Tuesday, February 10, 2009

Muslim Cults

The word "cult" is used by theologians and psychologists in completely different ways. Theologians mainly consider doctrines while psychologists and sociologists mainly consider practices. So, theologians consider that cults are heretical religious groups. Psychologists and sociologists consider that cults are mind-controlling, authoritarian, abusive, and deceptive groups.

From the point of view of Christian theologians, Islam is a heretical group, and thus they tend to consider Islam to be a cult. For example, Walter Martin in his book The Kingdom of Cults includes Islam into his list of cults.

From the point of view of the majority of Muslim theologians, such groups as Ahmadiyya and Baha'i are considered heretical. I am not sure if Muslims use the word "cult", they usually use different terminology. However, in principle, Ahmadiyya and Baha'i are cults from the point of view of most Muslim theologians.

From the point of view of psychologists and sociologists, some groups, including some religious groups are cults no matter of their doctrines. They divide religious cults into Bible-based (both abusive churches and cults of Christianity), eastern (Buddhist, Hinduist), new age. However, I have never seen them considering Muslim cults or including them into their classification.

Probably, hearing about Muslim cults, most Western people think about Islamic terrorists and extremists in Palestine, Afghanistan, and other Muslim regions. However, there are millions of Muslims who live in Western countries. Some of them are emigrants, but some of them are typical Western people who were converted into Islam.

Muslim cults not necessary should be terrorist or political. They may not attract much attention to themselves. However, who knows how many Muslim cults are in the world and in the Western countries? Who knows how many people are involved there? Somehow, this problem is neglected by the anti-cult community.

Probably, many people tend to think that Muslim cults are Wahhabi groups. However, there are also Sufi cults and probably other Muslim cults. Actually, there are some traits in Sufism that can be used by cultic leaders. For example, Sufis are supposed to submit to their shaiks (religious leaders) and respect them. This is considered to be very important for their spiritual progress. There are Sufi cults, but this problem is completely neglected.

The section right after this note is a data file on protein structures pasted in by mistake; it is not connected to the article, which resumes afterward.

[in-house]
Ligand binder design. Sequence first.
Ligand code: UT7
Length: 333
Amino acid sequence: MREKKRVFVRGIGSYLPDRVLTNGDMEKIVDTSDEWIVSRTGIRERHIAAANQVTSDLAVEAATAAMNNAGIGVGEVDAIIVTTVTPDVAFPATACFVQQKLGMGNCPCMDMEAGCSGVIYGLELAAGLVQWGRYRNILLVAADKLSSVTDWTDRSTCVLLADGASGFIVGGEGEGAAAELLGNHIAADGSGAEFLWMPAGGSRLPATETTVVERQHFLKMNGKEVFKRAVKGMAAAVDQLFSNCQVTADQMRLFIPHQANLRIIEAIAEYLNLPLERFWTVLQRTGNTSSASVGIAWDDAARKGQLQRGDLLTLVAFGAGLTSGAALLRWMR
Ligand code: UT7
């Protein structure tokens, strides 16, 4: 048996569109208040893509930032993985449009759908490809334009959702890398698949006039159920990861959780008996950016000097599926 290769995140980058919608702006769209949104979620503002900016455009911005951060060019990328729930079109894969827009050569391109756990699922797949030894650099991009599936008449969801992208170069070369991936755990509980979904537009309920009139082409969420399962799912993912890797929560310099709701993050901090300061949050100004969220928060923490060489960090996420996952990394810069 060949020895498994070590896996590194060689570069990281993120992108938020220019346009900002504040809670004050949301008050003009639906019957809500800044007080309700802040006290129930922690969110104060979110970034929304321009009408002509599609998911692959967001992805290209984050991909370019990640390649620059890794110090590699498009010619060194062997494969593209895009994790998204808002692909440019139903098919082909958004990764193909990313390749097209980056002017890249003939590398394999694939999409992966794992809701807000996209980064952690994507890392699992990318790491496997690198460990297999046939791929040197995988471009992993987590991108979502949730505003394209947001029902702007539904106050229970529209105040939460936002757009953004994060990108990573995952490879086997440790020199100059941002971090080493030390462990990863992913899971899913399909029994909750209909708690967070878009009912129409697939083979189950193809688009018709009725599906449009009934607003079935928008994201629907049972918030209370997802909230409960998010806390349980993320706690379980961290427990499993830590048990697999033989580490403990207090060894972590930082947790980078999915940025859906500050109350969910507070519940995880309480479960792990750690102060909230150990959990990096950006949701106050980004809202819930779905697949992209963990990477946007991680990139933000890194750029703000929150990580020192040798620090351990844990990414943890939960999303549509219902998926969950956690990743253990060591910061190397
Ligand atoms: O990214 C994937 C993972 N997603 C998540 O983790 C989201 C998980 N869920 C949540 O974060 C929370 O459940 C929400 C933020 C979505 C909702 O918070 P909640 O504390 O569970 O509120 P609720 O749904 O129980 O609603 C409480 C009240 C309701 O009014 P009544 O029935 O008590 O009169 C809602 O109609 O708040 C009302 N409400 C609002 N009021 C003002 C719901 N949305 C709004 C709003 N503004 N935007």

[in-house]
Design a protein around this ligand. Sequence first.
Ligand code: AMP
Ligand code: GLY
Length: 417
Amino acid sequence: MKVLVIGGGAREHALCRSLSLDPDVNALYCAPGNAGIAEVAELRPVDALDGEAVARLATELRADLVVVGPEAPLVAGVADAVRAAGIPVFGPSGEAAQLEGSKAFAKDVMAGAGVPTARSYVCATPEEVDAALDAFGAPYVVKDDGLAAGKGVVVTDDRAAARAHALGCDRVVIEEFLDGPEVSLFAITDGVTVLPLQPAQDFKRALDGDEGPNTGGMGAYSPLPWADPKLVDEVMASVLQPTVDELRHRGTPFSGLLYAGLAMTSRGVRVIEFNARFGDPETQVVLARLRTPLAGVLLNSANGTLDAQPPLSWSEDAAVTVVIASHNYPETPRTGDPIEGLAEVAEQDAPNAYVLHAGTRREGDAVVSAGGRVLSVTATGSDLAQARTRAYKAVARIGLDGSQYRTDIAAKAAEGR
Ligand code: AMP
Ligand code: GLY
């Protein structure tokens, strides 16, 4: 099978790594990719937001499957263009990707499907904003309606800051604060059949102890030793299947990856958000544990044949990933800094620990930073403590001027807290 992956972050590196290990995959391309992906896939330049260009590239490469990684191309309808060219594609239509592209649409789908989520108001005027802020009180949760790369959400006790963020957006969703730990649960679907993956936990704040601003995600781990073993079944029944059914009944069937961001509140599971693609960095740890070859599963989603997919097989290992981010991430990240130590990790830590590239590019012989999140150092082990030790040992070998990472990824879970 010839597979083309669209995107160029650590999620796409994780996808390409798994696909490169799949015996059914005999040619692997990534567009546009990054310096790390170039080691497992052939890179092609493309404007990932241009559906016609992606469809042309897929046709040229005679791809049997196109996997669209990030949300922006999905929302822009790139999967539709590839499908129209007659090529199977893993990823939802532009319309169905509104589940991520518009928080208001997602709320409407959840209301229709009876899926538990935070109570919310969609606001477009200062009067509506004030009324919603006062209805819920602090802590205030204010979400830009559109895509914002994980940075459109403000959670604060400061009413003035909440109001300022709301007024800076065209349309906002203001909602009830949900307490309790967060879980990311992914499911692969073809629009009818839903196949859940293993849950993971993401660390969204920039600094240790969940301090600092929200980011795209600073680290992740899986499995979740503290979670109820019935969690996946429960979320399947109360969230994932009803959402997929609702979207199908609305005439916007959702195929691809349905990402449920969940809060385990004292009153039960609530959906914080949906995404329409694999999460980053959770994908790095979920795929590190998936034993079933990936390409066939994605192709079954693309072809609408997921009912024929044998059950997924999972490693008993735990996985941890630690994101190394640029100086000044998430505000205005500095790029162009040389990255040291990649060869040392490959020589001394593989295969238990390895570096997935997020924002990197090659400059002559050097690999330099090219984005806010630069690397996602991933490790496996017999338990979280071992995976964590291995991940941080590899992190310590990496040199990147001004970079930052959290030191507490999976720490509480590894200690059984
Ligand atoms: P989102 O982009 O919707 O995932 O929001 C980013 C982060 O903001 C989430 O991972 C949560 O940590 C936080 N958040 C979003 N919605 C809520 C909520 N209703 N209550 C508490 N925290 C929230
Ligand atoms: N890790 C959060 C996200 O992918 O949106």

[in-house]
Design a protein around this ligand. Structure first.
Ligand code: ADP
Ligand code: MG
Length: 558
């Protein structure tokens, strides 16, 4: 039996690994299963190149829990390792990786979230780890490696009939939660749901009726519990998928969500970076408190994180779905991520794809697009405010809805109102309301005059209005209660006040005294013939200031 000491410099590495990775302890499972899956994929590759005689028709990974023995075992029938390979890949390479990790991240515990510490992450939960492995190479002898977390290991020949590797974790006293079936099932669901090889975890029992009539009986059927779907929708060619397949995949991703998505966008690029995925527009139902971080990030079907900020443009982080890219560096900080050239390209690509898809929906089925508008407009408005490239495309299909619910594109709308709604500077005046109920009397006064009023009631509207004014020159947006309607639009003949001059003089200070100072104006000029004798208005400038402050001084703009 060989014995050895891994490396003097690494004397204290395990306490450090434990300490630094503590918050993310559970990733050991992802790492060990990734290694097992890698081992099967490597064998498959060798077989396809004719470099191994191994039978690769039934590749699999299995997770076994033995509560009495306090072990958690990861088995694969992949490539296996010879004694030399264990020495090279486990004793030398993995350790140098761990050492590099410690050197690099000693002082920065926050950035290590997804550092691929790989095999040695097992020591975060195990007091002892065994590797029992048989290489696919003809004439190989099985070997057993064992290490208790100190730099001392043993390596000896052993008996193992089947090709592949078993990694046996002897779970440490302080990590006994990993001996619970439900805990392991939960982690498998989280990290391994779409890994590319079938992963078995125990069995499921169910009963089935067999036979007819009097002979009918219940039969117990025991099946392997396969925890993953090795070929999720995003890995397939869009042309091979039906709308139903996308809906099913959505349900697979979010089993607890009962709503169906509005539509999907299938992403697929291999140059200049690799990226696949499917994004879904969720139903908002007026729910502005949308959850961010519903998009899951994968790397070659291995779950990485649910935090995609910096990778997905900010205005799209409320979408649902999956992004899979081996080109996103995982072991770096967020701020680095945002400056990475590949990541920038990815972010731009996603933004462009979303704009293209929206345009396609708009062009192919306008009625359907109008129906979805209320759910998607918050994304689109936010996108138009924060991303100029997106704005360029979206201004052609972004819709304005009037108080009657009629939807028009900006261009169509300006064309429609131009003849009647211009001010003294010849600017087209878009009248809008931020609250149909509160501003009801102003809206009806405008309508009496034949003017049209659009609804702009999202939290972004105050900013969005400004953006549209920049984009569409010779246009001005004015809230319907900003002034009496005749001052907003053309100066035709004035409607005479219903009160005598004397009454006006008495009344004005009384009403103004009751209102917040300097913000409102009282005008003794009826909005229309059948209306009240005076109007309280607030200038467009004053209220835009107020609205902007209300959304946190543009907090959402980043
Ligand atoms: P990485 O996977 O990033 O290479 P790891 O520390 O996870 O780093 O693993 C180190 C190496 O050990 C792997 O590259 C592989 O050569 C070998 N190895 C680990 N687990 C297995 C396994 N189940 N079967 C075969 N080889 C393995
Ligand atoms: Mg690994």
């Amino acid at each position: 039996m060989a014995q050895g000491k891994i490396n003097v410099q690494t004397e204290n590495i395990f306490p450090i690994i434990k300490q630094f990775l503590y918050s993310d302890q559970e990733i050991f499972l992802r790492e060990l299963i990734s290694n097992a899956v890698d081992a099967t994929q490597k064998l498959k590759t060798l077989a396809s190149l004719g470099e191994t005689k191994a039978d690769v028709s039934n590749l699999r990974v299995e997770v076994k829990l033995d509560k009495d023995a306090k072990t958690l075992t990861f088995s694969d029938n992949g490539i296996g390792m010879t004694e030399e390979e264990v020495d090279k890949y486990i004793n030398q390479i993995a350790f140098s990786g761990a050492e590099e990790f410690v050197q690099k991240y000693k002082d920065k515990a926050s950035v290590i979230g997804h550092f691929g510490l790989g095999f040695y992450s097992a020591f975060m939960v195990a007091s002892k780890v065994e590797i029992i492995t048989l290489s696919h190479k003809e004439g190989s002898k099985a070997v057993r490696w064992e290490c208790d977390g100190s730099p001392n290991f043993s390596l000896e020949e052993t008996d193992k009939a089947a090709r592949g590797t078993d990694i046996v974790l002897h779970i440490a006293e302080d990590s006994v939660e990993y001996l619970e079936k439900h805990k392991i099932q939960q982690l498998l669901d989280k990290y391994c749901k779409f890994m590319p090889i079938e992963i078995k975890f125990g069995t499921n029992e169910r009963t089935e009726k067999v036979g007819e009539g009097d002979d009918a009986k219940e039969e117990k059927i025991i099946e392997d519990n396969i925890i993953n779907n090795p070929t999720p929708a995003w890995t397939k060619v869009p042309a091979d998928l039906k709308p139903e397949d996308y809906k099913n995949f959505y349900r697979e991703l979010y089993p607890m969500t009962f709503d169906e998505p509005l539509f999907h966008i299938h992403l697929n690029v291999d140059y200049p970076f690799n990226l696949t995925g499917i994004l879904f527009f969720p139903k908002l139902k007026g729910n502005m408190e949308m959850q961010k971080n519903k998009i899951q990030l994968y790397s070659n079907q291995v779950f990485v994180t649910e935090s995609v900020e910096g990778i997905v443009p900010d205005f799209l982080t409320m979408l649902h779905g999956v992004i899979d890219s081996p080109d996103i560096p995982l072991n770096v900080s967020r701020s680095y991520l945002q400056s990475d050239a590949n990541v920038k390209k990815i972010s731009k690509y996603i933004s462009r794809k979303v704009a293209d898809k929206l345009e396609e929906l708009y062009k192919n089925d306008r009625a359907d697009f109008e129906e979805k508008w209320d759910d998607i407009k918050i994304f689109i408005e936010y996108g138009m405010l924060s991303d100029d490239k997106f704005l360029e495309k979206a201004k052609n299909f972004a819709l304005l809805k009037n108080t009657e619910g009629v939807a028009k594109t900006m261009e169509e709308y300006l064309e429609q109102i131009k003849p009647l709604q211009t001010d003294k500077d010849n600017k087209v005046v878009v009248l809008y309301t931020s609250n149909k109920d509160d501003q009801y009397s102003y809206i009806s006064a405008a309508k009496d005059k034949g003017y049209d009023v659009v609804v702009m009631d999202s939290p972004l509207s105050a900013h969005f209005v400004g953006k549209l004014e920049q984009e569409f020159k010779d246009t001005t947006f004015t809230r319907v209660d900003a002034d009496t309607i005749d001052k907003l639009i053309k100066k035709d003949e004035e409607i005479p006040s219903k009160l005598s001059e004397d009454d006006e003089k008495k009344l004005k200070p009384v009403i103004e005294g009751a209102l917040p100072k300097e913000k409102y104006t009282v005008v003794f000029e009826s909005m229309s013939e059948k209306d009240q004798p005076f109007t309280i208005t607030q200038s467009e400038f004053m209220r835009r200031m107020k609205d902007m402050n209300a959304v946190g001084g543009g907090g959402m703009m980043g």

I will just give one example. Some time ago, I read a book Sufism & Psychology: A comparative study of Western Psychology and Sufi Psychology written by Lynn Wilcox. She has Ph.D. in counseling psychology and is professor of California State University. She is also a practicing Sufi. In this book, she makes a comparison between the western psychology and Sufi psychology and makes a conclusion that Sufi psychology is better.

However, there are some things in that book that bother me. She presents her Sufi group as the only true Sufi group. She also presents their leader as the only good Sufi shaikh. She quotes only her leader and his father and no other Sufi shaikhs. There are many branches and groups in Sufism. However, in Sufism, a person can chose a shaikh. Sufi branches are considered as more or less equal. In addition, there are many famous Sufi shaikhs who are respected by most Sufis. So, Wilcox's Sufi group is different from the traditional Sufism. In addition, this group is Shia while most Sufis are Sunni.

"Elite thinking" is one of the signs of cults. So, I suspect that this group may be a cult, though I am not sure in that. Ironically, it is possible that Lynn Wilcox knew Margaret Singer and worked together with her because Dr. Margaret Singer also was a psychologist and professor of California State University.

Well, I am not sure if that group is a cult or not. However, I know some Western people who report that they left Sufi cults. I think the problem of Muslim cults is underestimated in the anti-cult community. There is practically no information about Muslim cults in Internet.